Search Indigenous Plant Attributes

Searching for plants with the Specimen Plant tag.

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  1. Xerophyta retinervis

    Xerophyta retinervis is a hardy, deciduous, slow growing, perennial plant that has blackened, hairy stems. In the winter months they look as if they have been burnt and in a lot of cases have actually been burnt. They are totally transformed in the early summer (September to November), when they sprout long, strap-shaped leaves that look like grass growing in tufts at the tips of stems, resembling a fountain. They are then covered with masses of big, white to mauve, lily-like scented, flowers on slender stems. They flower in profusion after fire. Probably best grown as a specimen plant in wide, shallow containers, it also provides the ideal base for many species of indigenous epiphytic orchids and ferns. This is not an easy plant to grow as it is classed as a resurrection plant and the roots should never be broken or disturbed. Prefers full sun, or light shade from surrounding rock or grasses

    Size: Up to 1.5m

  2. Rothmannia globosa

    Rothmannia globosa is a hardy, evergreen (sometimes briefly deciduous) well-shaped, small tree with attractive bark that becomes neatly squared with age.

    It has dark green glossy leaves.

    Clusters of magnificent, white, bell-shaped, sweetly scented flowers adorn the tree from August to November. The large, round, leathery green fruits are sweet and juicy, but become hard and woody when dry.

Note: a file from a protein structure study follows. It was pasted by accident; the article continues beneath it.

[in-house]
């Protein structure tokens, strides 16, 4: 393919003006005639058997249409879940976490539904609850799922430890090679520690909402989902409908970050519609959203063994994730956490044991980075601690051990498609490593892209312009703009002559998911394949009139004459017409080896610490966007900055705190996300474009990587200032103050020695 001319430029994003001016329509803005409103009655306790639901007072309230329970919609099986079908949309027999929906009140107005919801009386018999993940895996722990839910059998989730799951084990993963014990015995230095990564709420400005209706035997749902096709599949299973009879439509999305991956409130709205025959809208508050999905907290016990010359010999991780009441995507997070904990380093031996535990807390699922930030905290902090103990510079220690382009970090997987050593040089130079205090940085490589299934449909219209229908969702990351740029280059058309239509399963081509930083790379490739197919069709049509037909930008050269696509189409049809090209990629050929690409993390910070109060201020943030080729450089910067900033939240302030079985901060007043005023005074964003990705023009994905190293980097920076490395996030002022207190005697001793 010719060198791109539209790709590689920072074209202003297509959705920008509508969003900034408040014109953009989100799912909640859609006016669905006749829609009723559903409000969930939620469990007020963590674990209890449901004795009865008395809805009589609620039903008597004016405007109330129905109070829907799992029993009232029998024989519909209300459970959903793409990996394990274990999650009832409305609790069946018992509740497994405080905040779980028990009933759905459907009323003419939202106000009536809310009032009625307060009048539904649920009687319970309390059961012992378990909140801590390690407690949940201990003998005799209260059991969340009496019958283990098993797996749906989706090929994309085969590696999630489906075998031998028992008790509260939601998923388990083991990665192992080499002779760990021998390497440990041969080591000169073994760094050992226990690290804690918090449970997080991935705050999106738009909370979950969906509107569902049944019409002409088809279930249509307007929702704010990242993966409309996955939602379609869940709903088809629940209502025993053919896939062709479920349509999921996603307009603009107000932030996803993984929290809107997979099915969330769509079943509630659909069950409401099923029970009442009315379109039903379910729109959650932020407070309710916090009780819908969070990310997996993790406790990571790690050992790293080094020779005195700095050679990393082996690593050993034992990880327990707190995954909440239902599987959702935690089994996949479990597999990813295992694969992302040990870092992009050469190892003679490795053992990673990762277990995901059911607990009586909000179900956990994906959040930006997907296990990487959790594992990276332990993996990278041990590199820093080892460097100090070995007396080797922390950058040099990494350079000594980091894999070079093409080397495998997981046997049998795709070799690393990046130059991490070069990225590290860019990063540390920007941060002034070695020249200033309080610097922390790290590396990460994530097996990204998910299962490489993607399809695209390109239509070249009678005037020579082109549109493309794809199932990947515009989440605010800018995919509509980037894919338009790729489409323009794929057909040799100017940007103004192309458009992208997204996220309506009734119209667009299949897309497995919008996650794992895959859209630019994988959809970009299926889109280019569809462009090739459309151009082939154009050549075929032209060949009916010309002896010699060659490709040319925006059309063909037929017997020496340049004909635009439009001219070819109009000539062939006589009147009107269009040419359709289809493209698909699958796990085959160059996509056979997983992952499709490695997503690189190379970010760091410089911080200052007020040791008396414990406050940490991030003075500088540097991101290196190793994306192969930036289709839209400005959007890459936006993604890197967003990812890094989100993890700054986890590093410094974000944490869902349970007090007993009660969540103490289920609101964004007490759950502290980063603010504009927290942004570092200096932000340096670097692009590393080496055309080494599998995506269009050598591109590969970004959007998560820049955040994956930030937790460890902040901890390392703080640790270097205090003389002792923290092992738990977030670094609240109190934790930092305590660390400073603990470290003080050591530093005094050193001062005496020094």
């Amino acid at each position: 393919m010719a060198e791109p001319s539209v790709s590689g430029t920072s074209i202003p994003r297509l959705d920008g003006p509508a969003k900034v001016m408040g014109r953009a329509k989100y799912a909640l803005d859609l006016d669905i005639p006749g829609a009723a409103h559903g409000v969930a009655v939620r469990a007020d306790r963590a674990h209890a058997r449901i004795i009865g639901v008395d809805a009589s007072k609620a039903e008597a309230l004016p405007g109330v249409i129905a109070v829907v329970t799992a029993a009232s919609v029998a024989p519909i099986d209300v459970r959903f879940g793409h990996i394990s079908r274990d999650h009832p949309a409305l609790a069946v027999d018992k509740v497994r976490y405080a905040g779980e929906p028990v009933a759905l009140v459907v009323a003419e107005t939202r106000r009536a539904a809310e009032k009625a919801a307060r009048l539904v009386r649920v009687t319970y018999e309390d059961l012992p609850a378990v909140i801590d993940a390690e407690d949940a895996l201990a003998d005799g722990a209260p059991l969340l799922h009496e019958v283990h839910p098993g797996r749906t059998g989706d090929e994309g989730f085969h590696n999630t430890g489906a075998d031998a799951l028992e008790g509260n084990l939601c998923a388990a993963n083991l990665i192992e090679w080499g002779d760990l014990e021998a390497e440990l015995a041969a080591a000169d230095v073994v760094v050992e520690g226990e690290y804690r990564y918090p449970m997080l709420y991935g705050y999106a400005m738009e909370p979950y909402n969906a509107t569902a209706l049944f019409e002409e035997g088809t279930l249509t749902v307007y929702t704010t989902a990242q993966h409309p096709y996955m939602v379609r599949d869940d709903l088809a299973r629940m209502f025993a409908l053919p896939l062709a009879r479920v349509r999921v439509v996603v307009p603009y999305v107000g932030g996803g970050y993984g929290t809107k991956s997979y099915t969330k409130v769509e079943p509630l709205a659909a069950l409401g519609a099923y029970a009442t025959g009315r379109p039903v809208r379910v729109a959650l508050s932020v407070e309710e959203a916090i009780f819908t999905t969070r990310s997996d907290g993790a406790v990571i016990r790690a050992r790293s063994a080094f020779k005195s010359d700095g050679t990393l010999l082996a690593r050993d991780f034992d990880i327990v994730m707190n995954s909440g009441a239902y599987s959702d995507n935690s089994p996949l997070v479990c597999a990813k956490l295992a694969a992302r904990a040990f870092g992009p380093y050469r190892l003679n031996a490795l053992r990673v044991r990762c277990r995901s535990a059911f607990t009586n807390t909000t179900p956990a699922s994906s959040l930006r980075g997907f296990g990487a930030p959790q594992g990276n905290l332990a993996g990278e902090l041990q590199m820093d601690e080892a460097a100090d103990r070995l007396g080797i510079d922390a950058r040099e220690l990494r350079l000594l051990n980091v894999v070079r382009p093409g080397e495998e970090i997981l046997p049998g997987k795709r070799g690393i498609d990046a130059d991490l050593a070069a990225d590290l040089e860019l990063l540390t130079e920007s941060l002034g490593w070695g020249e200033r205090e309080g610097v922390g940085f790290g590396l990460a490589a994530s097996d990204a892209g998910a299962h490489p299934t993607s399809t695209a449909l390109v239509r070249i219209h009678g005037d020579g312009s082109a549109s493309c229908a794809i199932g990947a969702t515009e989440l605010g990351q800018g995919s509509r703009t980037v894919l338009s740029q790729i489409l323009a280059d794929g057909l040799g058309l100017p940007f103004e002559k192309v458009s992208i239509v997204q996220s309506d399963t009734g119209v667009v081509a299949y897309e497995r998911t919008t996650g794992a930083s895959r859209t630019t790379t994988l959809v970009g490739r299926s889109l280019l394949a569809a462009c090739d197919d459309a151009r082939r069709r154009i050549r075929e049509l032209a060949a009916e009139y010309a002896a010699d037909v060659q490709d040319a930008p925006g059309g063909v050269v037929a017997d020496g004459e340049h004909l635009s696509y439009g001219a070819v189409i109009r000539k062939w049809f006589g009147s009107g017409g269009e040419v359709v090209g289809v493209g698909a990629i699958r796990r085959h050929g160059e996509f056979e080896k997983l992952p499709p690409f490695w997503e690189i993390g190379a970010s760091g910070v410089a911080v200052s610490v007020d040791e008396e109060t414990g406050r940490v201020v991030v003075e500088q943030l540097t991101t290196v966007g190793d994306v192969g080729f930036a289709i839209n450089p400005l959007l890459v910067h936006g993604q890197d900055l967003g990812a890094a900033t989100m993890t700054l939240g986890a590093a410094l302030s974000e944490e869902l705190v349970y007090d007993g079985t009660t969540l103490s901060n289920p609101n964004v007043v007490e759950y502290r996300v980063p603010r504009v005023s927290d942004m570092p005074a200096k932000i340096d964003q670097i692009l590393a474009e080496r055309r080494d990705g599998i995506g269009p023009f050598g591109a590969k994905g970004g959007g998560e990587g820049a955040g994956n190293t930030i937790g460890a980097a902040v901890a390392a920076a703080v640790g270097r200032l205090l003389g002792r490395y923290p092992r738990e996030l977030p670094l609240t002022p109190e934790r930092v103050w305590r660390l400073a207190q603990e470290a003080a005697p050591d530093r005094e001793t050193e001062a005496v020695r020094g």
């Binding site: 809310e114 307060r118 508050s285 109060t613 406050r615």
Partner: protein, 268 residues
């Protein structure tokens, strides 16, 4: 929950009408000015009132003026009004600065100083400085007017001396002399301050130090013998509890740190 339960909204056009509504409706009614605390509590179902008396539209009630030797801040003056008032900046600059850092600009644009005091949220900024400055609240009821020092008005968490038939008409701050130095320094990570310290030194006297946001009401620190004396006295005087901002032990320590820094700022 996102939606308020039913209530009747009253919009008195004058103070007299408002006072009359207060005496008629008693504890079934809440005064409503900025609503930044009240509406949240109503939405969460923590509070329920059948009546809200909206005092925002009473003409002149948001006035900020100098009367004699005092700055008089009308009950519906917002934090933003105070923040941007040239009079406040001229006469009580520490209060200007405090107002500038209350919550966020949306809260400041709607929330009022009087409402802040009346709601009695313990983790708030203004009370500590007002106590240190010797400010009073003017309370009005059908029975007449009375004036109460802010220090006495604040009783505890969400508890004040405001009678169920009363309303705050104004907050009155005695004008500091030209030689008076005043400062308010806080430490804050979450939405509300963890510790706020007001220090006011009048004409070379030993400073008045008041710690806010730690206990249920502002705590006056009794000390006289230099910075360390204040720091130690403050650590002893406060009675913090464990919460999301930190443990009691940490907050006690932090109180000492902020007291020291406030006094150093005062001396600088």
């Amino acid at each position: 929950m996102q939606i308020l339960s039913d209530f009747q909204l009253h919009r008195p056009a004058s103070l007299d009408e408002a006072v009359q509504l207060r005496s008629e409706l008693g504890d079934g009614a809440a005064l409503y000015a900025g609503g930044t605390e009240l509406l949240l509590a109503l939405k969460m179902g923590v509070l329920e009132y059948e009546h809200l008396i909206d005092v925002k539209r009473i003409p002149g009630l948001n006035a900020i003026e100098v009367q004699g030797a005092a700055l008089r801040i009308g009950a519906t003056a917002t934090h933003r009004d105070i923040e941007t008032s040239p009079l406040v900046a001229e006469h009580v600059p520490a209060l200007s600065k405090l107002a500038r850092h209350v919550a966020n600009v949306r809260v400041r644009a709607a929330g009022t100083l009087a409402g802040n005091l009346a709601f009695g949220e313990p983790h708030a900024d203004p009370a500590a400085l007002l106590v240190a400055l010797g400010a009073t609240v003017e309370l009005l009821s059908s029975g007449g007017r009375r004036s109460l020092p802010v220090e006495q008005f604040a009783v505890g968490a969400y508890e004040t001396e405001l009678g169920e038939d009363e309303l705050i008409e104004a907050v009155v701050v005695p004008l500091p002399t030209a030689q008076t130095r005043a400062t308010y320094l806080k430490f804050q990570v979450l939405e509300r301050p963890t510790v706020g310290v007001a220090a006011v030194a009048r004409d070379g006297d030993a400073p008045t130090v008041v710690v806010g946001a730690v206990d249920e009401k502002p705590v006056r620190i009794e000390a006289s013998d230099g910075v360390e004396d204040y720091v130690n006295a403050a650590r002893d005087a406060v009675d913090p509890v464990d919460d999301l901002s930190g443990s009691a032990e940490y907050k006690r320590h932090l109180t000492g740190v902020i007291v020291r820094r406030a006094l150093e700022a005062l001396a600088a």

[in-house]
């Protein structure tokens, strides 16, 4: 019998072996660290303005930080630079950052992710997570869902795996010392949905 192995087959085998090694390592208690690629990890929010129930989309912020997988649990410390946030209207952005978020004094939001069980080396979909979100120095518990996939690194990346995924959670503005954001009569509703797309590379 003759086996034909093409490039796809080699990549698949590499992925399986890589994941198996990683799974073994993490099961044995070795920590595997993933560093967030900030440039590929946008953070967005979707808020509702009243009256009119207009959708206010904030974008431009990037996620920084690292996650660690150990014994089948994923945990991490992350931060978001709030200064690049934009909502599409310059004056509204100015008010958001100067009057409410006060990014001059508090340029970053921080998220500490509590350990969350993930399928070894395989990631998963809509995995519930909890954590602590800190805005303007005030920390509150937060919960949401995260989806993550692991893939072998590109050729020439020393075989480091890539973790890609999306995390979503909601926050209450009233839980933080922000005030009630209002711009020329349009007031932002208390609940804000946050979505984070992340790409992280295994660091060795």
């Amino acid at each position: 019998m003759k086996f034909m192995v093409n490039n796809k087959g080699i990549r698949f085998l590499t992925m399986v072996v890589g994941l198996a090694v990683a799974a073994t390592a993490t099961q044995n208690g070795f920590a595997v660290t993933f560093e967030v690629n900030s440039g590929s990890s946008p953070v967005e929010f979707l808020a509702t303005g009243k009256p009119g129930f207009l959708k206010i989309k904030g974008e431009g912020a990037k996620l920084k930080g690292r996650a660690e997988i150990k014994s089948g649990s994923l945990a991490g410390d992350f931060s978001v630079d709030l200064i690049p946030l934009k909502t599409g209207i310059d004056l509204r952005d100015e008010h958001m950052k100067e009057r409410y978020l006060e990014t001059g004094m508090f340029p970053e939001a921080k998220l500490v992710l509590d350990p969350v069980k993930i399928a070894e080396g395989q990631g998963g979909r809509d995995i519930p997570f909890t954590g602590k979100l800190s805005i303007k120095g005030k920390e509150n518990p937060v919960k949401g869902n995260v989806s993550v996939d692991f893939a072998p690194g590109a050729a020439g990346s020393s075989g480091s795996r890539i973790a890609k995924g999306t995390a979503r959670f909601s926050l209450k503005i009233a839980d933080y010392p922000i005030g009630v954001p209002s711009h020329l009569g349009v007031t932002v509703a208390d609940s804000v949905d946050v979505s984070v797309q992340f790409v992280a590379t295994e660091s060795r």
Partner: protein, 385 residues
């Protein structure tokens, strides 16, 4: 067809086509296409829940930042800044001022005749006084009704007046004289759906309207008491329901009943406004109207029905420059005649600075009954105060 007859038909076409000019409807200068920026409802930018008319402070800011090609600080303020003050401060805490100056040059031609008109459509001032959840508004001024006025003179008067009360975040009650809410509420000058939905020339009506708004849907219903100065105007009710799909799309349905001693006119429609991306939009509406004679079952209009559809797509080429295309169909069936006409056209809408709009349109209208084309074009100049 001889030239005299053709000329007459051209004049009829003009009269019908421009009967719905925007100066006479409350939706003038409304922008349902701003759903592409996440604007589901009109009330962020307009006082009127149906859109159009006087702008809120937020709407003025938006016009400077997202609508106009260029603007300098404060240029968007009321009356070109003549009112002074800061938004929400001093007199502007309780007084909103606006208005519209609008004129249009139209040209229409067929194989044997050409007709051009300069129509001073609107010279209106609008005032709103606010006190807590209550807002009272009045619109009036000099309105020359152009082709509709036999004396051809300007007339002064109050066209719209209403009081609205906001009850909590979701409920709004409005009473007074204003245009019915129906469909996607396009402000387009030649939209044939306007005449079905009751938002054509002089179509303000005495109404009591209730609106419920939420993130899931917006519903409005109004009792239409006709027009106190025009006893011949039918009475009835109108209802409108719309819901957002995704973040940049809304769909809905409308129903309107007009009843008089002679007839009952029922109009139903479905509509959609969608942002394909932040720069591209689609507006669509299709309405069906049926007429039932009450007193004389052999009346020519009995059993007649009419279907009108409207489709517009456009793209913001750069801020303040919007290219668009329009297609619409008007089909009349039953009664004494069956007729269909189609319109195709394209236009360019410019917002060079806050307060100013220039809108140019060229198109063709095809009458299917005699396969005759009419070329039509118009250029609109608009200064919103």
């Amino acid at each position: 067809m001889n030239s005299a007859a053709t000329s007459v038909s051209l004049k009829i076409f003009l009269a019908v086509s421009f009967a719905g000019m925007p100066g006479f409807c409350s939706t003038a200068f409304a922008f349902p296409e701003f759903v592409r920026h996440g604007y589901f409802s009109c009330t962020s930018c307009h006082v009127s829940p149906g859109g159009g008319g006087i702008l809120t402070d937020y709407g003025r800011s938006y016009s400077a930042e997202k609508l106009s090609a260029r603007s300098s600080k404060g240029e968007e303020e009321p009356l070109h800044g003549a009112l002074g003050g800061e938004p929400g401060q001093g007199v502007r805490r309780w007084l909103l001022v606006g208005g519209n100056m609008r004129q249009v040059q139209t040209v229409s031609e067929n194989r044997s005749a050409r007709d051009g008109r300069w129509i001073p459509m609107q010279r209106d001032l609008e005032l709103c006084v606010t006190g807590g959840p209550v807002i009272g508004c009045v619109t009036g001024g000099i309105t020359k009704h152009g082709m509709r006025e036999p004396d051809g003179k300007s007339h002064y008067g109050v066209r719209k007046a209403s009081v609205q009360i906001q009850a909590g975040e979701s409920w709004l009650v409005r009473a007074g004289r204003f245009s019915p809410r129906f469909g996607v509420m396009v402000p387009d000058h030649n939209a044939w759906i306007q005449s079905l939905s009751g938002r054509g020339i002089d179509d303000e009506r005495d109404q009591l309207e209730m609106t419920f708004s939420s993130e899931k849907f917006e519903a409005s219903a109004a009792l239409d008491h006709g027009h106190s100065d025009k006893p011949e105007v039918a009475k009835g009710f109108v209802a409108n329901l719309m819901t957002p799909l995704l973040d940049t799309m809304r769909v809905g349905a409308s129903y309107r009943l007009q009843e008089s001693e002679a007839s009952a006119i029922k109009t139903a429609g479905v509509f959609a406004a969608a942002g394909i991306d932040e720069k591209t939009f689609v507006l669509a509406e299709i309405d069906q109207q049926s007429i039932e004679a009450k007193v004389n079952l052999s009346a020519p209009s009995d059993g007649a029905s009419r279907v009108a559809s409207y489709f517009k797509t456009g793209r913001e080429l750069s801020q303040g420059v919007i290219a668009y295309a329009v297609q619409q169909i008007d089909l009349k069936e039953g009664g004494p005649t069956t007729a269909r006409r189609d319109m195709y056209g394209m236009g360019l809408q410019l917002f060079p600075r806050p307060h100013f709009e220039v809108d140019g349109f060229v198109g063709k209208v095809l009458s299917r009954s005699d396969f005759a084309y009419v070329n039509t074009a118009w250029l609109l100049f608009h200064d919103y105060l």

The juice of the fruits, that stains blue, is used to heal wounds and burns.

    Plant as an understory shrub under larger trees with light shade, such as Acacia species.

    Plant in semi-shade in compost-rich, well-drained soil.

    Size: 4 to 7m

  3. Sesamothamnus lugardii

    Sesamothanmus lugardii is a fairly hardy, misshapen, small tree or shrub that resembles a miniature baobab. It has tiny leaves that cluster along the long elegant stems and mottled bark.

    It bears beautiful white frilly flowers with a long tube from November to February. It has attractive heart-shaped seeds capsules that all pop open together to release their papery seeds in just a few days. This is why the seeds are so hard to come by.

    Plant in full sun in a hot dry area in a rockery or it also makes a lovely container plant.

    Size: Up to 4m

  4. Pachypodium saundersiae

    Pachypodium saundersiae is a semi hardy, deciduous succulent shrub that has a large, irregularly swollen stem with thick branches and a silvery-grey bark with hard white spines.

    From April to June it bears large, attractive, frilly, white, tubular flowers that are suffused with reddish-purple. The fruit is a grey, two-lobed pod that resembles horns.

    A lovely garden or container plant for full sun and well-drained soil.

    Water sparingly.

    Size: Up to 1m

  5. Greyia sutherlandii

    Greyia sutherlandii is a hardy, deciduous, drought resistant, rugged looking shrub or small tree with attractive round leaves that turn bright red in autumn. The tree is often still leafless when it starts to bear densely packed spikes of magnificent, brilliant red flowers at the tips of the branches from August to October. When blooming en masse they are a sight never to be forgotten.

    The flowers are rich in nectar, which attracts sunbirds and insects to the garden. The dead leaves often persist on the tree and should be removed to gain the full benefit of the flowers.

    Makes a good container plant and a wonderful tree for a small garden. The soft pale pink wood is used for household items.

    Plant in a sunny or semi-shade position, in well-drained soil. Thrives in rocky soils.

    Size: Up to 7m